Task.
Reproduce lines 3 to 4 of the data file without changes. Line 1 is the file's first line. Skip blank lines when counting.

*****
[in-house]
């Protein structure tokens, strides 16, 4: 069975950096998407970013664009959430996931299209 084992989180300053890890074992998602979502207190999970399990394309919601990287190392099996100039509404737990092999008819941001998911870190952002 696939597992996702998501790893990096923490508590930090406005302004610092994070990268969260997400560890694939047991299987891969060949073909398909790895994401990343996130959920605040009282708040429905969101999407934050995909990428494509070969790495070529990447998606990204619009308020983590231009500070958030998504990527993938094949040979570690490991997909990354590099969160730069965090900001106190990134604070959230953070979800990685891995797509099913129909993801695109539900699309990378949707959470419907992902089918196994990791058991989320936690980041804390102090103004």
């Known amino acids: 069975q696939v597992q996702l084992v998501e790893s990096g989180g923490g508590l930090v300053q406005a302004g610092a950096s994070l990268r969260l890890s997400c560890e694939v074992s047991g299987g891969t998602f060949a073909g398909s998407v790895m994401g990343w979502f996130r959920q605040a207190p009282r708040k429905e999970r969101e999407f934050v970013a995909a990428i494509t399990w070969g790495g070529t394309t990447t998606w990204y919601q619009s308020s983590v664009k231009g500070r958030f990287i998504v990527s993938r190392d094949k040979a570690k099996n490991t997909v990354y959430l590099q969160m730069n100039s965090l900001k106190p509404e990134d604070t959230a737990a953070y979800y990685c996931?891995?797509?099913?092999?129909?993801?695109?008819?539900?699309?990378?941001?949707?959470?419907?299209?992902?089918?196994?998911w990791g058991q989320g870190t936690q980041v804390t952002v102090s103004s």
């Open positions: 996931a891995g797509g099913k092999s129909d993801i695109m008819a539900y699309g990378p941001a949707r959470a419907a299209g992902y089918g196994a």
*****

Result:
């Known amino acids: 069975q696939v597992q996702l084992v998501e790893s990096g989180g923490g508590l930090v300053q406005a302004g610092a950096s994070l990268r969260l890890s997400c560890e694939v074992s047991g299987g891969t998602f060949a073909g398909s998407v790895m994401g990343w979502f996130r959920q605040a207190p009282r708040k429905e999970r969101e999407f934050v970013a995909a990428i494509t399990w070969g790495g070529t394309t990447t998606w990204y919601q619009s308020s983590v664009k231009g500070r958030f990287i998504v990527s993938r190392d094949k040979a570690k099996n490991t997909v990354y959430l590099q969160m730069n100039s965090l900001k106190p509404e990134d604070t959230a737990a953070y979800y990685c996931?891995?797509?099913?092999?129909?993801?695109?008819?539900?699309?990378?941001?949707?959470?419907?299209?992902?089918?196994?998911w990791g058991q989320g870190t936690q980041v804390t952002v102090s103004s």
């Open positions: 996931a891995g797509g099913k092999s129909d993801i695109m008819a539900y699309g990378p941001a949707r959470a419907a299209g992902y089918g196994a």